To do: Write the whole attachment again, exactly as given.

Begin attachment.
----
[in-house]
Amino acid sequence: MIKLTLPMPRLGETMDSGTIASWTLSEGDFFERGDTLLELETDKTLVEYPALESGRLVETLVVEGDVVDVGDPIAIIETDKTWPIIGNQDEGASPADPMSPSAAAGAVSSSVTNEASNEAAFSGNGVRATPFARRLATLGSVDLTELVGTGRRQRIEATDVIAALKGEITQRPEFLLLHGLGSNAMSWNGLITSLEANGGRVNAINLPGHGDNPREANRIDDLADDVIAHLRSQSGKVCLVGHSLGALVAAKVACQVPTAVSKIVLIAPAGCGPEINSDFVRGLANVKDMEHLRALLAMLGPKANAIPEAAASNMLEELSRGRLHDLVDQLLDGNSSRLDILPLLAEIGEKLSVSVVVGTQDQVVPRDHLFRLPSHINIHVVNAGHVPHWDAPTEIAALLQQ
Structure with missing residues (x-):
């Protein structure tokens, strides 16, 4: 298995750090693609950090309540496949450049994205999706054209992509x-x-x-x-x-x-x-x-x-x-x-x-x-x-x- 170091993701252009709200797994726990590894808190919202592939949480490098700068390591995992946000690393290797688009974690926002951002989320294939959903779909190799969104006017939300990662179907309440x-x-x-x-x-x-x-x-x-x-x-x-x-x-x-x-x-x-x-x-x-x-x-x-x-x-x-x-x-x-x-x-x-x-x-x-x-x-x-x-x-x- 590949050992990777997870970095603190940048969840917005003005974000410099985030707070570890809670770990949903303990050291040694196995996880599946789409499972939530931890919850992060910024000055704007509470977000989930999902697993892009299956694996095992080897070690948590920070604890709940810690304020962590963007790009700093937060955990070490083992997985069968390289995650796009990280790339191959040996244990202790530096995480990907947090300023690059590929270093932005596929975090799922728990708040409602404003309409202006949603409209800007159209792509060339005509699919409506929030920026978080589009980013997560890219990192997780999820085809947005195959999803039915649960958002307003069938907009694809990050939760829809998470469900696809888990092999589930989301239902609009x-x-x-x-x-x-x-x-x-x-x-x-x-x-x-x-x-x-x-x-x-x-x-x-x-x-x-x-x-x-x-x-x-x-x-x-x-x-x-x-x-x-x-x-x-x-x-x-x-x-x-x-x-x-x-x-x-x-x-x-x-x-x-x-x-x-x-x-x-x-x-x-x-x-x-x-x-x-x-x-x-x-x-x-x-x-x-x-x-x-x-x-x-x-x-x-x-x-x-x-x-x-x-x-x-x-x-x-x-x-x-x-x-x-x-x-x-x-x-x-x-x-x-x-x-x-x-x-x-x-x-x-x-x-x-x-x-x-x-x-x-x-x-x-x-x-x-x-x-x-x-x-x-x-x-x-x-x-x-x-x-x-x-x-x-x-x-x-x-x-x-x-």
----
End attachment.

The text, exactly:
[in-house]
Amino acid sequence: MIKLTLPMPRLGETMDSGTIASWTLSEGDFFERGDTLLELETDKTLVEYPALESGRLVETLVVEGDVVDVGDPIAIIETDKTWPIIGNQDEGASPADPMSPSAAAGAVSSSVTNEASNEAAFSGNGVRATPFARRLATLGSVDLTELVGTGRRQRIEATDVIAALKGEITQRPEFLLLHGLGSNAMSWNGLITSLEANGGRVNAINLPGHGDNPREANRIDDLADDVIAHLRSQSGKVCLVGHSLGALVAAKVACQVPTAVSKIVLIAPAGCGPEINSDFVRGLANVKDMEHLRALLAMLGPKANAIPEAAASNMLEELSRGRLHDLVDQLLDGNSSRLDILPLLAEIGEKLSVSVVVGTQDQVVPRDHLFRLPSHINIHVVNAGHVPHWDAPTEIAALLQQ
Structure with missing residues (x-):
């Protein structure tokens, strides 16, 4: 298995750090693609950090309540496949450049994205999706054209992509x-x-x-x-x-x-x-x-x-x-x-x-x-x-x- 170091993701252009709200797994726990590894808190919202592939949480490098700068390591995992946000690393290797688009974690926002951002989320294939959903779909190799969104006017939300990662179907309440x-x-x-x-x-x-x-x-x-x-x-x-x-x-x-x-x-x-x-x-x-x-x-x-x-x-x-x-x-x-x-x-x-x-x-x-x-x-x-x-x-x- 590949050992990777997870970095603190940048969840917005003005974000410099985030707070570890809670770990949903303990050291040694196995996880599946789409499972939530931890919850992060910024000055704007509470977000989930999902697993892009299956694996095992080897070690948590920070604890709940810690304020962590963007790009700093937060955990070490083992997985069968390289995650796009990280790339191959040996244990202790530096995480990907947090300023690059590929270093932005596929975090799922728990708040409602404003309409202006949603409209800007159209792509060339005509699919409506929030920026978080589009980013997560890219990192997780999820085809947005195959999803039915649960958002307003069938907009694809990050939760829809998470469900696809888990092999589930989301239902609009x-x-x-x-x-x-x-x-x-x-x-x-x-x-x-x-x-x-x-x-x-x-x-x-x-x-x-x-x-x-x-x-x-x-x-x-x-x-x-x-x-x-x-x-x-x-x-x-x-x-x-x-x-x-x-x-x-x-x-x-x-x-x-x-x-x-x-x-x-x-x-x-x-x-x-x-x-x-x-x-x-x-x-x-x-x-x-x-x-x-x-x-x-x-x-x-x-x-x-x-x-x-x-x-x-x-x-x-x-x-x-x-x-x-x-x-x-x-x-x-x-x-x-x-x-x-x-x-x-x-x-x-x-x-x-x-x-x-x-x-x-x-x-x-x-x-x-x-x-x-x-x-x-x-x-x-x-x-x-x-x-x-x-x-x-x-x-x-x-x-x-x-």